Hang on to old wash basins, especially if they have a small leak. You never know when you might need to make a water garden!
I am intrigued by wild native plants* that served as food for the Coast Salish Peoples. The food plants we grow at the orchard are very different from their wild origins. For example, the apple began in Central Asia as a sour crab. All Brassica cultivars originate from Brassica oleracea and Brassica rapa and hybridization began at least as far back as 2000 BC!
A total beginner, I did some reading and then bought a few native edible plants from Native Foods Nursery. In my zeal to grow Wapato (Indian Potato, or Broadleaf Arrowhead) Sagittaria latifolia, it didn’t register that this is a wetland plant! We have no wetlands at FECO.
I had to quickly put together a sufficient environment where Wapato would survive. That environment needs to be similar to marshes, shorelines, or on edges of lakes, ponds, and sloughs. Wapato prefers mucky freshwater soils and tolerates prolonged soil saturation. In addition to its food value, Wapato attracts bees, other pollinators and songbirds. (Warning, waterfowl and turtles fancy this tasty food!)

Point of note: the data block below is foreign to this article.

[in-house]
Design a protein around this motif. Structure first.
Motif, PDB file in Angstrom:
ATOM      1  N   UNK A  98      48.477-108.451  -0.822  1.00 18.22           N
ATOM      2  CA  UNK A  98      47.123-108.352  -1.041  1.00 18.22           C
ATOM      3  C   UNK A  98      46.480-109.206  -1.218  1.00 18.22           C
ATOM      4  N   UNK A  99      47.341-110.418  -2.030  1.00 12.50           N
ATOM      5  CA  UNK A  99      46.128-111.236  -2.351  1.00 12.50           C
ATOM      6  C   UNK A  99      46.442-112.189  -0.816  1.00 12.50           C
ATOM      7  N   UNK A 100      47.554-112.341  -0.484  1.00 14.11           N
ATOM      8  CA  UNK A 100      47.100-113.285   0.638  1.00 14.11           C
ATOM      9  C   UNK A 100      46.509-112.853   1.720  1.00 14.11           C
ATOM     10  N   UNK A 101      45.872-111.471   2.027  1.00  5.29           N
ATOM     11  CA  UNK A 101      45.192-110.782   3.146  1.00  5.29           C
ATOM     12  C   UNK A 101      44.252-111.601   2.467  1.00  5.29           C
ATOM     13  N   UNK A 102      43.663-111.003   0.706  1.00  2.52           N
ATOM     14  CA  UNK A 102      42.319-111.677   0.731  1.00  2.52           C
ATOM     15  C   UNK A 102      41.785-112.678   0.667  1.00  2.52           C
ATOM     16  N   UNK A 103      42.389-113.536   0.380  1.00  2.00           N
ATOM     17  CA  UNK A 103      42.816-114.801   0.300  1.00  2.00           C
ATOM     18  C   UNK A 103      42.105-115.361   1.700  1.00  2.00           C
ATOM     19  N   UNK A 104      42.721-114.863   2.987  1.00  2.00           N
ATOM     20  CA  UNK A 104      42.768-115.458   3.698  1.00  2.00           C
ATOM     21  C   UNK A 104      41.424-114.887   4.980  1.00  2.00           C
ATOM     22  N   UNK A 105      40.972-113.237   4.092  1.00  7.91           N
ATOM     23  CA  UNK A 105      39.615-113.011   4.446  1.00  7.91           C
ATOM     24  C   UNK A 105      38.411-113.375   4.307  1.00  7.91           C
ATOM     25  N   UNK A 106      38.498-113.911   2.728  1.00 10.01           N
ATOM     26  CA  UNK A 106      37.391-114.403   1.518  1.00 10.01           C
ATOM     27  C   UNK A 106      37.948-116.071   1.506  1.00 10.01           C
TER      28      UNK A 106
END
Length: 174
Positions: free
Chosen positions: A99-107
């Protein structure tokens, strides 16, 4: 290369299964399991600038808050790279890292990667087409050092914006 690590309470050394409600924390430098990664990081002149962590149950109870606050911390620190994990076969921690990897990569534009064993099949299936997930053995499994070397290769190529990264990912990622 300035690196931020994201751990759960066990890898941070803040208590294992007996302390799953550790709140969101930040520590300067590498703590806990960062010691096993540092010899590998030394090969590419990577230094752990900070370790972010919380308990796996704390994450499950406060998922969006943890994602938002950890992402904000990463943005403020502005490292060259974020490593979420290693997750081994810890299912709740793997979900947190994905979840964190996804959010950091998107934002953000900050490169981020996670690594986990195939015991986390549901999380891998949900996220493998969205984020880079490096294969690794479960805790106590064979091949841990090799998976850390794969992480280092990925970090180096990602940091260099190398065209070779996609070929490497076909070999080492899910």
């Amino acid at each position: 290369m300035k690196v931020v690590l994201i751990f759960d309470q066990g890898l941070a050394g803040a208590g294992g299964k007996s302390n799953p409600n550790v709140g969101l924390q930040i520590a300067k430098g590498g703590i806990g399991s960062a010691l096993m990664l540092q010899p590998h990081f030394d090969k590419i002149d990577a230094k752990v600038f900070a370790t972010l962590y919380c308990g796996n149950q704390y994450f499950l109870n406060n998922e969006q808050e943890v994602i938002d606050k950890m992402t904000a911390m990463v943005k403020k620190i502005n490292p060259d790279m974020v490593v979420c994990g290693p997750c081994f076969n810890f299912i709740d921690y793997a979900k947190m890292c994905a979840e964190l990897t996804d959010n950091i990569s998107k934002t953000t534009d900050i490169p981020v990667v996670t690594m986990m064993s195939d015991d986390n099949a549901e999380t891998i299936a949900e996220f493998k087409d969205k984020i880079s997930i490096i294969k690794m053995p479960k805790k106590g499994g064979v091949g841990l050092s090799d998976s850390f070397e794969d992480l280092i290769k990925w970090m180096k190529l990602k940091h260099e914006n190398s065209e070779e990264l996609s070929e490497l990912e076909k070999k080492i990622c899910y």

Mucky soil. OK. I handle that. A couple of old wash basins popped up from a search on Craigslist. I secured one, buried it in a garden bed, then added soil and water. In early March, I pushed three tubers into the muck, then added a thin layer of burlap to make sure the bees would not drown in the puddle at the other end of the basin.
At present, I am trying to propagate a native cranberry, Vaccinium macrocarpon. If propagation is successful, I know I won’t be able to duplicate the environment needed for cranberry. So please, if you live near an area with acid soils and peat bogs, swamps, wet shores, headlands, or poorly drained upland meadows, let me know!
Growing native food plants is one of many ideas from an assignment for an ongoing FECO subcommittee, Salish Solidarity. Our group is centered on recognizing that we garden on land once managed by Coast Salish Tribes.
Crop wild relatives (CWR), in addition to being important components of ecosystems, are critical sources of genetic variation for crop improvement programs. These wild relatives often display more genetic variability than their cultivated counterparts and their evolution in the wild is dynamic, driven by interactions with both biotic and abiotic stressors .
 Greene, S.L.; Khoury, C.K.; Williams, K.A. Wild Plant Genetic Resources in North America: An Overview. In North American Crop Wild Relatives, Volume 1: Conservation Strategies; Greene, S.L., Williams, K.A., Khoury, C.K., Eds.; Springer International Publishing: Cham, Switzerland, 2018; pp. 3–31.